Ciaran Hinds Interview: The Attractions of Above Suspicion

Gruesome murders and smart-arse suspects are what we’ve come to expect from ITV’s Above Suspicion adaptations. In the latest season (starting on January 4 on ITV1 at 9pm), however, things are about to change. This series is taking a new, drug-fuelled direction; to investigate we tracked down one of its leading detectives, actor Ciaran Hinds...

TV.com: This is the third Above Suspicion adaptation to make it to TV, but what first attracted you to the role?
Ciaran Hinds: I haven’t done much television in recent years, but I was offered this role a couple of years back, and I was sent the book to read. I really liked it; it had a lot of energy, movement and I knew that I would get to work with the divine Kelly Reilly, and we’d worked together once before in the theatre.

Did anything particularly appeal to you about the character you play? He’s quite curt.
James Langton was a Detective Chief Inspector for the first two, and he’s now a Detective Chief Superintendent. He’s quite ambitious; he’s got a lot of energy. He doesn’t think about walking anywhere when he can stride. When he’s talking with people a pause doesn’t mean that he’s thinking about something, it means you haven’t got an answer. So he is very sharp both with the people that he interviews and with his own team. He’s always looking for the answers yesterday. I don’t think I could bear to be in his company, I have to say.

In these episodes he’s a Superintendent, so he should be supervising up to eight or ten cases, but being the animal that he is he just moves straight in. The first two stories were rather graphic, about decimation of women. This one, thank God, is not. It’s about drugs, and that’s something they don’t know anything about.

How does this affect this story?
For quite a bit of it they’re lost. They don’t know what’s going on, and then they start playing catch up. There’s an international connection, which particularly throws them. It’s like a thrill ride: you don’t quite know where you’re going.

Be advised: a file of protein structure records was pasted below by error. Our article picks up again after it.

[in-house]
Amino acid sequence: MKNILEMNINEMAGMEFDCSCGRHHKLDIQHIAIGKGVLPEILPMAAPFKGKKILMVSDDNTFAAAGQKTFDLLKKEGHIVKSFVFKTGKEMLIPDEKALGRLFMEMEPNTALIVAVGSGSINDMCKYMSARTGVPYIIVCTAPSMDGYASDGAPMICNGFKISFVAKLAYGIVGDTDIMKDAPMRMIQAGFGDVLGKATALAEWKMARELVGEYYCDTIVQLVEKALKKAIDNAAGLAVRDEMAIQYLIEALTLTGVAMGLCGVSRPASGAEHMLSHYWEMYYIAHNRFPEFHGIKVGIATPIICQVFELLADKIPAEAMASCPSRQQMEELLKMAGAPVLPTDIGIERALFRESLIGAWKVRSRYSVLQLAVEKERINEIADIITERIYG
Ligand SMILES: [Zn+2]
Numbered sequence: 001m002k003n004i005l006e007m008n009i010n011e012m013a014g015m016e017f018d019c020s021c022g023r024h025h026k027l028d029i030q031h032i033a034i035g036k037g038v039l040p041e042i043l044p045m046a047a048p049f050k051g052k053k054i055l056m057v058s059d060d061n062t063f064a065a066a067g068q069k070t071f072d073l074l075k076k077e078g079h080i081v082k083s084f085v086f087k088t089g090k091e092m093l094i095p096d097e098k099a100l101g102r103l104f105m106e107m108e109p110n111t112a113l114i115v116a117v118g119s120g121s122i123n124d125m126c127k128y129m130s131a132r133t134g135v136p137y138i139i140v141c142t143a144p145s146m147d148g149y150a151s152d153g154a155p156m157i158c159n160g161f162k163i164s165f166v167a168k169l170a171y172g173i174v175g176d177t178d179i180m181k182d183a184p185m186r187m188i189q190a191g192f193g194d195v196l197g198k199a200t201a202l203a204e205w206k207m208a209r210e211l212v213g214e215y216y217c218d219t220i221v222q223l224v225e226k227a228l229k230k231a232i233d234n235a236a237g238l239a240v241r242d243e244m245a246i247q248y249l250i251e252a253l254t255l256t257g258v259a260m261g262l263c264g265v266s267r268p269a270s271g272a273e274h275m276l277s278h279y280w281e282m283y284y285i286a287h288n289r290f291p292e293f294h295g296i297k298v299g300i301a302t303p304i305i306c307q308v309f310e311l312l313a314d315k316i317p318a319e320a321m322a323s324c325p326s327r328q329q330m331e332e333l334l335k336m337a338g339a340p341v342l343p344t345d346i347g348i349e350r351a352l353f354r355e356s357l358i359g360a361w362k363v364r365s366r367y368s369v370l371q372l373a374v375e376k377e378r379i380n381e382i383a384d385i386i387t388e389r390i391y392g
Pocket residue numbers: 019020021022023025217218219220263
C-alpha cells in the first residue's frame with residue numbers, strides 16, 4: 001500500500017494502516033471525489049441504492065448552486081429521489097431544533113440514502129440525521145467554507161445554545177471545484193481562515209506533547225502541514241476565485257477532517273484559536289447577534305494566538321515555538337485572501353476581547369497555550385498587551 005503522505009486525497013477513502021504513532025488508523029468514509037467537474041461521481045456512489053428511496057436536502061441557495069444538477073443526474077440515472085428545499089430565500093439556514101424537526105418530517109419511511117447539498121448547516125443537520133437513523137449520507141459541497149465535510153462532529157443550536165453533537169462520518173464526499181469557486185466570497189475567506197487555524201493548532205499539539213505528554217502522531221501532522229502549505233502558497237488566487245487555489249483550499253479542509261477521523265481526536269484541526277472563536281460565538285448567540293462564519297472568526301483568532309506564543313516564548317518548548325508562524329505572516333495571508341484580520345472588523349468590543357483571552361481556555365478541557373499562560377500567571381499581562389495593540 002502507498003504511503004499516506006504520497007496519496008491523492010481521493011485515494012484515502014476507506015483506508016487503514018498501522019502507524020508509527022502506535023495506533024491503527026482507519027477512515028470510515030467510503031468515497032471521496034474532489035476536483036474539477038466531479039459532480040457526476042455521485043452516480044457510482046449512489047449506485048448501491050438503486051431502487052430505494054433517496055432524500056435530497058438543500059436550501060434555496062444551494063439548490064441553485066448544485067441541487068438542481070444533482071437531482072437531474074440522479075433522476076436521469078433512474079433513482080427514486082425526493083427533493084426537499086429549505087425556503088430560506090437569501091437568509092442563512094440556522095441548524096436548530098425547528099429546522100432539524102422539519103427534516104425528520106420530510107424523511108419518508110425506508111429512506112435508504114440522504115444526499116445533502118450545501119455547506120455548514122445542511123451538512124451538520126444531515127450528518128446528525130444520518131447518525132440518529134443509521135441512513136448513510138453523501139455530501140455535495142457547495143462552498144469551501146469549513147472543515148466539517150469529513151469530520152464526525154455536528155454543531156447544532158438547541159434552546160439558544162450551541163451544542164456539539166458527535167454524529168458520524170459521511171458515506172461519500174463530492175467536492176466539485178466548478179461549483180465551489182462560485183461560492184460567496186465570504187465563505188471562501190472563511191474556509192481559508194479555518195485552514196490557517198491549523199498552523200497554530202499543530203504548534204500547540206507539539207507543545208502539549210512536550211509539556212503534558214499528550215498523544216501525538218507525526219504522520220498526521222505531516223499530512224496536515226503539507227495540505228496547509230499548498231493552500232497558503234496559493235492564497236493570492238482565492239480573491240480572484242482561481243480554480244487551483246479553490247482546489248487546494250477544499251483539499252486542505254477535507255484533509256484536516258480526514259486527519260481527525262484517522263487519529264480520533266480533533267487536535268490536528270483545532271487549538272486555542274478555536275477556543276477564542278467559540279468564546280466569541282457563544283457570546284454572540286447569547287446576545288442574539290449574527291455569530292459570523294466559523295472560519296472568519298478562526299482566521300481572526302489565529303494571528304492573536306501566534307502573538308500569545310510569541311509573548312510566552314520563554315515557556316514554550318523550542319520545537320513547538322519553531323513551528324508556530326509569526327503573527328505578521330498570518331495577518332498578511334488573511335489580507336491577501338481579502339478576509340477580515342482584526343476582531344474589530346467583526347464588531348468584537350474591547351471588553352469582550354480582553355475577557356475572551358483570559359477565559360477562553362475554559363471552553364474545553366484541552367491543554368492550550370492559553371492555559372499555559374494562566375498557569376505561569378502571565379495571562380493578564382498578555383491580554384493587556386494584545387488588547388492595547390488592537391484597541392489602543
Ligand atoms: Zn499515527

You mentioned reading the books when you were approached. Do you still go back to the originals before you film?
I haven’t done for this one just, only due to time constraints. I literally came off a plane and started work on this. The others had something like four days to prepare. What I will do is read it after I see the cut version--which we haven’t seen yet--and then go back to the book to see how one thing can transform into another, just as a comparison.

Presumably you’re used to the character anyway by this point.
I hope so, but then again you never know. Sometimes it depends on what side of the bed you get out of, you know? There are choices you have at any scene: Can you be light on something? Should you be just playing it through? Do you want to play it more subtly? Those choices still exist, but they have to be made fast.

One thing I’ve discovered--owing to the show being directed again by Gillies MacKinnon, who’s a great director--is that he doesn’t want Langton to take any prisoners.

Lynda La Plante writes the books but she also has involvement in the show. How important is this?
Oh well, she’s completely responsible for the construction of the whole; the structure of the screenplay and the writing.

In the shooting of it, she takes no part. She leaves it. She selected the actors who are committed to it. She selected the director. It’s her production company that makes it so I suppose then Lynda would see the rushes at the end of the day and if there’s something she’s not happy about, she might talk it through with the producer.

I’m sure our knuckles have been wrapped in our absence, without us knowing. She doesn’t actually involve herself in the day to day, she removes herself and leaves that for people to get with it. But of course she will have input in the editing and what’s not quite right, or she might have a word that would arrive at us, but through an indirect way. That’s great because that’s the way it should be. Otherwise, if you’re there all the time you could choke it.